Mum And Legal Team Mark World Cerebral Palsy Day
A Leeds youngster living with cerebral palsy has moved forward with his development by starting school.
Harry Allott was diagnosed with a brain injury after his condition deteriorated shortly after his birth.
The youngster, from Pool in Wharfedale, was subsequently diagnosed with cerebral palsy. He suffers from left-sided weakness, cognitive and behavioural difficulties, and anxiety.
Family instructs medical negligence lawyers
Following Harry’s diagnosis, his mum Jennifer Waddington instructed medical negligence experts at Irwin Mitchell to help her son access the specialist lifetime care and therapies he requires.
Jennifer is now joining with her lawyers in marking World Cerebral Palsy Day on 6 October by sharing Harry’s story and speaking out on how he is enjoying school despite the daily challenges he faces.
Expert Opinion“Harry is such a lovely little boy and doesn’t let his difficulties stop him from enjoying life.
Through our work, we come across many youngsters living with cerebral palsy and Harry is a great example of not letting physical issues get in the way of achieving what you want.
He has now started school and I’m sure he will continue to make great progress.
World Cerebral Palsy Day is a great way of raising awareness of the condition. Harry’s story outlines disability need not be a barrier and how people can flourish with the correct treatment.”
Rachelle Mahapatra - Partner
Cerebral Palsy: Harry's story
Harry was diagnosed with cerebral palsy at the age of two. He was referred for physiotherapy.
Now aged four, Harry started Pool in Wharfedale Church of England School in September. He continues to have weekly input from physiotherapy and hydrotherapy, as well as occupational therapy and speech and language therapy.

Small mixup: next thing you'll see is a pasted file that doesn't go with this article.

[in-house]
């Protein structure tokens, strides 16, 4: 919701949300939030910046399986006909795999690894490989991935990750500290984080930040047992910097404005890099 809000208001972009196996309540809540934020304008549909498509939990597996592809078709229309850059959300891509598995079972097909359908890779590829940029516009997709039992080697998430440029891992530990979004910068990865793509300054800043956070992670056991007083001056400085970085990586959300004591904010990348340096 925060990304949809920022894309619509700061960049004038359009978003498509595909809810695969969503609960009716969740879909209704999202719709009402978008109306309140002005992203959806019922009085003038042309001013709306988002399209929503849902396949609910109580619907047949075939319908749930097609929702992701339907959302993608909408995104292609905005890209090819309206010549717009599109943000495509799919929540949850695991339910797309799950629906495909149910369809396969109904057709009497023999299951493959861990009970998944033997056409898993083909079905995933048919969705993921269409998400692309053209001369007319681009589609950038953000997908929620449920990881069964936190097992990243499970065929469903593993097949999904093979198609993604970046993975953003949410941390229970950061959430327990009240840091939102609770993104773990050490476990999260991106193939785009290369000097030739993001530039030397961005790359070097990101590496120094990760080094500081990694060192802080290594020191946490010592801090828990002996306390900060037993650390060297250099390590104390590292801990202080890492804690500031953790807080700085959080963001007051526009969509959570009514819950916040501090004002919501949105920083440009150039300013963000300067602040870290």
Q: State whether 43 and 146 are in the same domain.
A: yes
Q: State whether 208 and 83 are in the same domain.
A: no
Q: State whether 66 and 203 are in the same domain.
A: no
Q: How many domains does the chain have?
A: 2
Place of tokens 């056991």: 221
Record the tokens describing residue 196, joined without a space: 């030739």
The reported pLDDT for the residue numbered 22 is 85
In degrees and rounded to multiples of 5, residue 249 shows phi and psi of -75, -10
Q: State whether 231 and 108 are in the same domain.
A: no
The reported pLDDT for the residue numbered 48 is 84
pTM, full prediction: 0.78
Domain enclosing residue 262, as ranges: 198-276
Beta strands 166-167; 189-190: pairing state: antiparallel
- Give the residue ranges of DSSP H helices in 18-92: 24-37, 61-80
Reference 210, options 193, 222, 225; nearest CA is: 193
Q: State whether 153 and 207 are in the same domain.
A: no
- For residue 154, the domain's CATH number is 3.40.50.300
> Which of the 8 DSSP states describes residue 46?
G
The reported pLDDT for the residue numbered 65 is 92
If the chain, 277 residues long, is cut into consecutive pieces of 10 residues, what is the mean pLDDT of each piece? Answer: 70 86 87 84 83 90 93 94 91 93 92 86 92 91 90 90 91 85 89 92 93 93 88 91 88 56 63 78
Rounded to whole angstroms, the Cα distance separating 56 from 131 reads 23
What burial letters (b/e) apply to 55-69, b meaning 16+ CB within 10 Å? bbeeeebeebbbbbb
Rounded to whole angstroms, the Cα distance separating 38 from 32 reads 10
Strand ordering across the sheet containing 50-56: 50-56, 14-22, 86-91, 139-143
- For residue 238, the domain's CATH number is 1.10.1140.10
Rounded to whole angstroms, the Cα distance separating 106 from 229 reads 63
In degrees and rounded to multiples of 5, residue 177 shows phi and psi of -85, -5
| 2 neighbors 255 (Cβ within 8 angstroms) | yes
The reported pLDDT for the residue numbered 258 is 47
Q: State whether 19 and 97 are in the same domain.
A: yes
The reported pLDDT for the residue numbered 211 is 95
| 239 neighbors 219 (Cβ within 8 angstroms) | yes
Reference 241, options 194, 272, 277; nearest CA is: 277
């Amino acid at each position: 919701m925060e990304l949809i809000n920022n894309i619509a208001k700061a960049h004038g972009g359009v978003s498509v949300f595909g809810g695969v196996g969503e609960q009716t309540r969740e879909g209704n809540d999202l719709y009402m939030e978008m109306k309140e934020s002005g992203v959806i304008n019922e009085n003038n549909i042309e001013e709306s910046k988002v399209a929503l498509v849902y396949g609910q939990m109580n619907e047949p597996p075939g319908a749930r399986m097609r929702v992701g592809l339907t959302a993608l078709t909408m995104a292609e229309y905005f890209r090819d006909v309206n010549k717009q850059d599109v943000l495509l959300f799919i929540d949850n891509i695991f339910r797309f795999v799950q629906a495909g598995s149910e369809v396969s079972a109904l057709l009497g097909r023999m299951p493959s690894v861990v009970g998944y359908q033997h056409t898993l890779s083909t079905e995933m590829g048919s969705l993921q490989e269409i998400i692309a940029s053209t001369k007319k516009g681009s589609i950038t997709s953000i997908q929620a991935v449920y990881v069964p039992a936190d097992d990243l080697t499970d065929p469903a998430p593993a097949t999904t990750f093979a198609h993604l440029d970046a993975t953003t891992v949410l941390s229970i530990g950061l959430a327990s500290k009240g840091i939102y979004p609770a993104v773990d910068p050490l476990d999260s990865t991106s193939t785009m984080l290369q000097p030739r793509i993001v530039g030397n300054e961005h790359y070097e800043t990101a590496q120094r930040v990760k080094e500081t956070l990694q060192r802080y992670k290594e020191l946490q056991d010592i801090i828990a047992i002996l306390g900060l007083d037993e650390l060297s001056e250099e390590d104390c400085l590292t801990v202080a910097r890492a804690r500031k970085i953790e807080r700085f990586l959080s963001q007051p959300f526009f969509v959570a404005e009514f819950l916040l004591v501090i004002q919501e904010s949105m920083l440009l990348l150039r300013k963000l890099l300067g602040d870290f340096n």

He also attends horse riding sessions through Riding for the Disabled Association.
Mum speaks out on son's progress as he starts school
Mum to Harry and his sister Ivy, two, Jennifer, 30, said: “Harry was quite nervous in the lead up to school as he has a lot of sensory difficulties so the uniform and orthotic school shoes have been a challenge, but he is really enjoying it so far and is always excited to go back and play with his friends.
“The school has been really brilliant with supporting his needs and this helps us a lot. He continues to have regular therapy sessions and absolutely loves horse riding at the weekends.
“Harry is such a joy to be around; such a confident and bright little boy, and very caring. He is due to be assessed for a night splint to support his ankle on the affected side, and he has just received his new dynamic arm splint which helps with sensory feedback and will improve his arm posture. He’s also waiting for an adapted trike from Theraplay which he’s really excited about!
“He continues to make us proud every day and is a perfect example of what can be possible when you have the right support and care.”
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